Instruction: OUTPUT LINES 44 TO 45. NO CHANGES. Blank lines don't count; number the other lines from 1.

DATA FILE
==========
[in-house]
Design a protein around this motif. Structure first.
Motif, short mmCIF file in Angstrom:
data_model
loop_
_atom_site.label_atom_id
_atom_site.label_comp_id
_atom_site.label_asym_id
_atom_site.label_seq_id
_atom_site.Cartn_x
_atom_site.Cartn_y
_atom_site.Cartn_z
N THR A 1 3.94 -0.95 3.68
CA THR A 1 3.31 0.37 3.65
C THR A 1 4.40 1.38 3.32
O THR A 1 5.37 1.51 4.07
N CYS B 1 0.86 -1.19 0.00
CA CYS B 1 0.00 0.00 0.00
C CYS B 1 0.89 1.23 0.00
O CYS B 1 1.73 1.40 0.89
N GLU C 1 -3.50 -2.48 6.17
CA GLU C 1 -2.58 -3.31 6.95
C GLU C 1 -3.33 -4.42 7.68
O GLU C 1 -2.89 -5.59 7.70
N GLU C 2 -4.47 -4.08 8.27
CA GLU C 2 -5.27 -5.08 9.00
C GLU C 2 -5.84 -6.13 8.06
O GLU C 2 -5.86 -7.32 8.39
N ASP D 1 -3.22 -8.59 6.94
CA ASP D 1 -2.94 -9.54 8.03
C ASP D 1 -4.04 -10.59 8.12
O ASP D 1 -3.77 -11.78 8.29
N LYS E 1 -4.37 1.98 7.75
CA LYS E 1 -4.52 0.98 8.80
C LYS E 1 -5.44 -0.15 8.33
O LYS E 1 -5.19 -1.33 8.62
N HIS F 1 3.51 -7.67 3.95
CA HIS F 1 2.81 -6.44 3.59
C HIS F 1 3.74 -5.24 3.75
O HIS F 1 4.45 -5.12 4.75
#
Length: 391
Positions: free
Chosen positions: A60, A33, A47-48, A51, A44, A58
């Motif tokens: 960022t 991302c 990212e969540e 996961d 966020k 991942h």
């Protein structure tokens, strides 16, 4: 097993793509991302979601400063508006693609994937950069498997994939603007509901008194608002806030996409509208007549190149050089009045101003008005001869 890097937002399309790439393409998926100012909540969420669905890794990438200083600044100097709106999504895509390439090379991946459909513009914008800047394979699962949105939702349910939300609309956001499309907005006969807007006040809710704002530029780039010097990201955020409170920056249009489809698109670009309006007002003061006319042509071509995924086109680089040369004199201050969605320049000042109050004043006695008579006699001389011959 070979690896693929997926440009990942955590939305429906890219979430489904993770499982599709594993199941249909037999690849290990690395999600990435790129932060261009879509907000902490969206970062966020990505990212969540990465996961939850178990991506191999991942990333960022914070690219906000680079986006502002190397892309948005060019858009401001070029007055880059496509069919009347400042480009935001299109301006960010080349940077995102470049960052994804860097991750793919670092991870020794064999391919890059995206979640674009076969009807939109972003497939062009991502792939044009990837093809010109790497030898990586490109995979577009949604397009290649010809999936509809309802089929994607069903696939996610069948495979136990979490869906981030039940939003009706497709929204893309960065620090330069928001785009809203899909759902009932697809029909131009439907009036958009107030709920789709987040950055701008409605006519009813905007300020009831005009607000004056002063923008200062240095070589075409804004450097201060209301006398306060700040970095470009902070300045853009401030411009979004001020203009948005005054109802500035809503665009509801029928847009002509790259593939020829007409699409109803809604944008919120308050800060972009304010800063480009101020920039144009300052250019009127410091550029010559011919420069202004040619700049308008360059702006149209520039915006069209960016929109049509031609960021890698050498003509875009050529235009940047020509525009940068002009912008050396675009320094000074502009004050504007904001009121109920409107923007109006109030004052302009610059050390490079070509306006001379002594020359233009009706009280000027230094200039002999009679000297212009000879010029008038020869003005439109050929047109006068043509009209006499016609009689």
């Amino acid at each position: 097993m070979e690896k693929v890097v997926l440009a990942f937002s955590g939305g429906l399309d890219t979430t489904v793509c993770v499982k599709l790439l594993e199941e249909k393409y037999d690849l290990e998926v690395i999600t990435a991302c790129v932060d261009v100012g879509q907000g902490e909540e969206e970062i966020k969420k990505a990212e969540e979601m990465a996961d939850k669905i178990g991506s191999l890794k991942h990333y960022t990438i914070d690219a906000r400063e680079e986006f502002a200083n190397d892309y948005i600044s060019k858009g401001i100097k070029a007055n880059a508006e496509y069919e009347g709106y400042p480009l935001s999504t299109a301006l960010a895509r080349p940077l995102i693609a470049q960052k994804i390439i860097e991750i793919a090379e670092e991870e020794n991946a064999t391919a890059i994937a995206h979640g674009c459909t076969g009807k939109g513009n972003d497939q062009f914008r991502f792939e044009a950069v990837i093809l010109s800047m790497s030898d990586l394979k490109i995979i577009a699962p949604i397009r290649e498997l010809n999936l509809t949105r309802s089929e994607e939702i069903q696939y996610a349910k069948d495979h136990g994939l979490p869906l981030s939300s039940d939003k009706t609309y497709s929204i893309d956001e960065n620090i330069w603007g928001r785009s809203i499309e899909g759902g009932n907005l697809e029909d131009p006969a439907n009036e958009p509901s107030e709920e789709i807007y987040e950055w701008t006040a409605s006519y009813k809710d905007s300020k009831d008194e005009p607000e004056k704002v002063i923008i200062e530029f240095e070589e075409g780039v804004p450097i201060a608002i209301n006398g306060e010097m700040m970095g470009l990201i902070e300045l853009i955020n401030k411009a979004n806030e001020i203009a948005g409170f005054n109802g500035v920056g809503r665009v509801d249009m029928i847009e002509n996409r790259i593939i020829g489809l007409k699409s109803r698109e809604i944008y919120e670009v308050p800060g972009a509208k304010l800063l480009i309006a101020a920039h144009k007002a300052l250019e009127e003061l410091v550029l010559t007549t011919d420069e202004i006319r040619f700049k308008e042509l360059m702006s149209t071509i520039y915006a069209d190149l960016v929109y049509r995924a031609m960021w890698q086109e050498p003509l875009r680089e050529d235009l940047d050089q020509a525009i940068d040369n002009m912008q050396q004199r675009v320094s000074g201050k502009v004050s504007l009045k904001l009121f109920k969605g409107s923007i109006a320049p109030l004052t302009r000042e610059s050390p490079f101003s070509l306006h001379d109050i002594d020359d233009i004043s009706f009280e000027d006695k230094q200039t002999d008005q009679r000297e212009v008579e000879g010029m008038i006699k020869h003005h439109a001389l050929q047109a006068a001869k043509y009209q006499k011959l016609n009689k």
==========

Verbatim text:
Chosen positions: A60, A33, A47-48, A51, A44, A58
């Motif tokens: 960022t 991302c 990212e969540e 996961d 966020k 991942h």